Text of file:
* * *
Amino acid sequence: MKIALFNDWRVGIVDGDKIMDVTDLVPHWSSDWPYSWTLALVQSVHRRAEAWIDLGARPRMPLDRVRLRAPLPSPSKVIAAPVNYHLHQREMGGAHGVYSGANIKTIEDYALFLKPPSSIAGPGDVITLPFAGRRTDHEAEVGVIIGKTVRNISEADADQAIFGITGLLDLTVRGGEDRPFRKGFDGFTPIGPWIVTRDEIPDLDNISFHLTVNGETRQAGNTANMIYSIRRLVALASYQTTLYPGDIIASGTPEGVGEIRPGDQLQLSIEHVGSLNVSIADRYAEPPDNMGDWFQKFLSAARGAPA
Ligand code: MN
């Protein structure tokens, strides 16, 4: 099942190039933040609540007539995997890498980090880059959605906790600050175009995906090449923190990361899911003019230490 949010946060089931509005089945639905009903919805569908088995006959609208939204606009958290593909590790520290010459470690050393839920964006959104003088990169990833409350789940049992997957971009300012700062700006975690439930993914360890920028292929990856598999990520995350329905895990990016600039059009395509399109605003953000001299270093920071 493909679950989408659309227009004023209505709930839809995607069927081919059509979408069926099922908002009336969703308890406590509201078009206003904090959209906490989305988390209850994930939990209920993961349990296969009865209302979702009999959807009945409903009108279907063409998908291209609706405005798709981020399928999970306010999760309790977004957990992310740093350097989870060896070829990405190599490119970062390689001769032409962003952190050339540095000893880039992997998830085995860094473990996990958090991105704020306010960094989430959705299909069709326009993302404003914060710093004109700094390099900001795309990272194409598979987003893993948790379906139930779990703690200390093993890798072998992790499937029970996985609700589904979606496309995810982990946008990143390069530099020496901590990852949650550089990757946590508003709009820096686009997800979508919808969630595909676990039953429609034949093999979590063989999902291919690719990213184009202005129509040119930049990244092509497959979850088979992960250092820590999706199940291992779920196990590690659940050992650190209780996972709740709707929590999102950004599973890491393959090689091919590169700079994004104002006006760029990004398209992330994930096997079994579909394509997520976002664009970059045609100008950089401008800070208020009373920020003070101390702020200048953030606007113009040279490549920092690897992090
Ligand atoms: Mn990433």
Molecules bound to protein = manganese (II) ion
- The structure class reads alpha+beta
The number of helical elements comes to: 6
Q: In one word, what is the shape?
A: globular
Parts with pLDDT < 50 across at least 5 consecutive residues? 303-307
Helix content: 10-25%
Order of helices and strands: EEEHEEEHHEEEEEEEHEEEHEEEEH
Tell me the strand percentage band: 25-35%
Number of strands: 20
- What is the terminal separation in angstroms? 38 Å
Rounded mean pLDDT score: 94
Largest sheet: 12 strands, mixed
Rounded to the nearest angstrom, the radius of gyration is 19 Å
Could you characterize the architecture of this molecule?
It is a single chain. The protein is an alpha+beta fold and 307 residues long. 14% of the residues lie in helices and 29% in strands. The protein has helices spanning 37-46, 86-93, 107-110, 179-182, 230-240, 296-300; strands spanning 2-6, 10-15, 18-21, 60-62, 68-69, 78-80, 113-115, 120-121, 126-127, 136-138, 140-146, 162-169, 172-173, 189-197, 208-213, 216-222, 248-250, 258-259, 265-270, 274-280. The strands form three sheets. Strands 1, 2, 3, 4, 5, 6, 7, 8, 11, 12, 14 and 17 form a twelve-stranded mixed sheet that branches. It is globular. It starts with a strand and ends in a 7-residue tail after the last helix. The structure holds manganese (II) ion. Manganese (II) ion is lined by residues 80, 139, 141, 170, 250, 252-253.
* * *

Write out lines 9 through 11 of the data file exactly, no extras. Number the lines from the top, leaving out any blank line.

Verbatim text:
A: globular
Parts with pLDDT < 50 across at least 5 consecutive residues? 303-307
Helix content: 10-25%